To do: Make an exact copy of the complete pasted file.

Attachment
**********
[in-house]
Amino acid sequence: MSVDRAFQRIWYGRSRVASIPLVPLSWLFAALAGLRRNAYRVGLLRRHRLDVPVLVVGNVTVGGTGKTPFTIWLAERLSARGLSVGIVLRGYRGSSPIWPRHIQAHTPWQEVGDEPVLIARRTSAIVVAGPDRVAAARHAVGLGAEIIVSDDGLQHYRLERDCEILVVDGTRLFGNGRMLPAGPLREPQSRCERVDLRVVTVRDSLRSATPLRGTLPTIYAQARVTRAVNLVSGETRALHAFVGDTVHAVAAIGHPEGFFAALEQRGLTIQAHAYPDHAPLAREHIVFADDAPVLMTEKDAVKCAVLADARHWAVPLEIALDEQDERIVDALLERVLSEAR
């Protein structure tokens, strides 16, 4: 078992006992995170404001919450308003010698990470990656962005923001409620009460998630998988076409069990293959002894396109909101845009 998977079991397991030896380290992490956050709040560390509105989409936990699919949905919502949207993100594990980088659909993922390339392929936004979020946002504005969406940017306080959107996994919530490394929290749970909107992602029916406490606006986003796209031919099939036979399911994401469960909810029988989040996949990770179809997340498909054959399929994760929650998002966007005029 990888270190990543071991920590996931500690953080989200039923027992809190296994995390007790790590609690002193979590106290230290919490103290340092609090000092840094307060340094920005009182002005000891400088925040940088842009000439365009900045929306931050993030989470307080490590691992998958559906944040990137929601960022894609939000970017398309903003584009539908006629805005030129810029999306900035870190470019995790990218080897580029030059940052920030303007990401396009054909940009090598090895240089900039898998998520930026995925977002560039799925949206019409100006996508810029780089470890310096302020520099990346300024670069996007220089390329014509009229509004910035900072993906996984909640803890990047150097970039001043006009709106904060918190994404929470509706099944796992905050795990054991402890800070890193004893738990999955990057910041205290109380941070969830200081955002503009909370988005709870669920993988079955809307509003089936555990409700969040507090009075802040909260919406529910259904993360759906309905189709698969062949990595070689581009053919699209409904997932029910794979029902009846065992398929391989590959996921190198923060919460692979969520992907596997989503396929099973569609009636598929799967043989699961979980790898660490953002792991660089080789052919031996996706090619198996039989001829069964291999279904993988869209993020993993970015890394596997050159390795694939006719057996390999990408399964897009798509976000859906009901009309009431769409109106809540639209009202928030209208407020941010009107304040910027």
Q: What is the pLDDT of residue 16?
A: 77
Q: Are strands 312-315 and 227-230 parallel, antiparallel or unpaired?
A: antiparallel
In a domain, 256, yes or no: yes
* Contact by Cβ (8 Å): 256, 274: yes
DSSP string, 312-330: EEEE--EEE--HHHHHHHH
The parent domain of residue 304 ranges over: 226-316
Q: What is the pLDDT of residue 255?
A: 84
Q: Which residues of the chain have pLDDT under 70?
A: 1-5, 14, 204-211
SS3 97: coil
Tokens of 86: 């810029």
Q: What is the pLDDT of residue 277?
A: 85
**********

[in-house]
Amino acid sequence: MSVDRAFQRIWYGRSRVASIPLVPLSWLFAALAGLRRNAYRVGLLRRHRLDVPVLVVGNVTVGGTGKTPFTIWLAERLSARGLSVGIVLRGYRGSSPIWPRHIQAHTPWQEVGDEPVLIARRTSAIVVAGPDRVAAARHAVGLGAEIIVSDDGLQHYRLERDCEILVVDGTRLFGNGRMLPAGPLREPQSRCERVDLRVVTVRDSLRSATPLRGTLPTIYAQARVTRAVNLVSGETRALHAFVGDTVHAVAAIGHPEGFFAALEQRGLTIQAHAYPDHAPLAREHIVFADDAPVLMTEKDAVKCAVLADARHWAVPLEIALDEQDERIVDALLERVLSEAR
């Protein structure tokens, strides 16, 4: 078992006992995170404001919450308003010698990470990656962005923001409620009460998630998988076409069990293959002894396109909101845009 998977079991397991030896380290992490956050709040560390509105989409936990699919949905919502949207993100594990980088659909993922390339392929936004979020946002504005969406940017306080959107996994919530490394929290749970909107992602029916406490606006986003796209031919099939036979399911994401469960909810029988989040996949990770179809997340498909054959399929994760929650998002966007005029 990888270190990543071991920590996931500690953080989200039923027992809190296994995390007790790590609690002193979590106290230290919490103290340092609090000092840094307060340094920005009182002005000891400088925040940088842009000439365009900045929306931050993030989470307080490590691992998958559906944040990137929601960022894609939000970017398309903003584009539908006629805005030129810029999306900035870190470019995790990218080897580029030059940052920030303007990401396009054909940009090598090895240089900039898998998520930026995925977002560039799925949206019409100006996508810029780089470890310096302020520099990346300024670069996007220089390329014509009229509004910035900072993906996984909640803890990047150097970039001043006009709106904060918190994404929470509706099944796992905050795990054991402890800070890193004893738990999955990057910041205290109380941070969830200081955002503009909370988005709870669920993988079955809307509003089936555990409700969040507090009075802040909260919406529910259904993360759906309905189709698969062949990595070689581009053919699209409904997932029910794979029902009846065992398929391989590959996921190198923060919460692979969520992907596997989503396929099973569609009636598929799967043989699961979980790898660490953002792991660089080789052919031996996706090619198996039989001829069964291999279904993988869209993020993993970015890394596997050159390795694939006719057996390999990408399964897009798509976000859906009901009309009431769409109106809540639209009202928030209208407020941010009107304040910027």
Q: What is the pLDDT of residue 16?
A: 77
Q: Are strands 312-315 and 227-230 parallel, antiparallel or unpaired?
A: antiparallel
In a domain, 256, yes or no: yes
* Contact by Cβ (8 Å): 256, 274: yes
DSSP string, 312-330: EEEE--EEE--HHHHHHHH
The parent domain of residue 304 ranges over: 226-316
Q: What is the pLDDT of residue 255?
A: 84
Q: Which residues of the chain have pLDDT under 70?
A: 1-5, 14, 204-211
SS3 97: coil
Tokens of 86: 């810029």
Q: What is the pLDDT of residue 277?
A: 85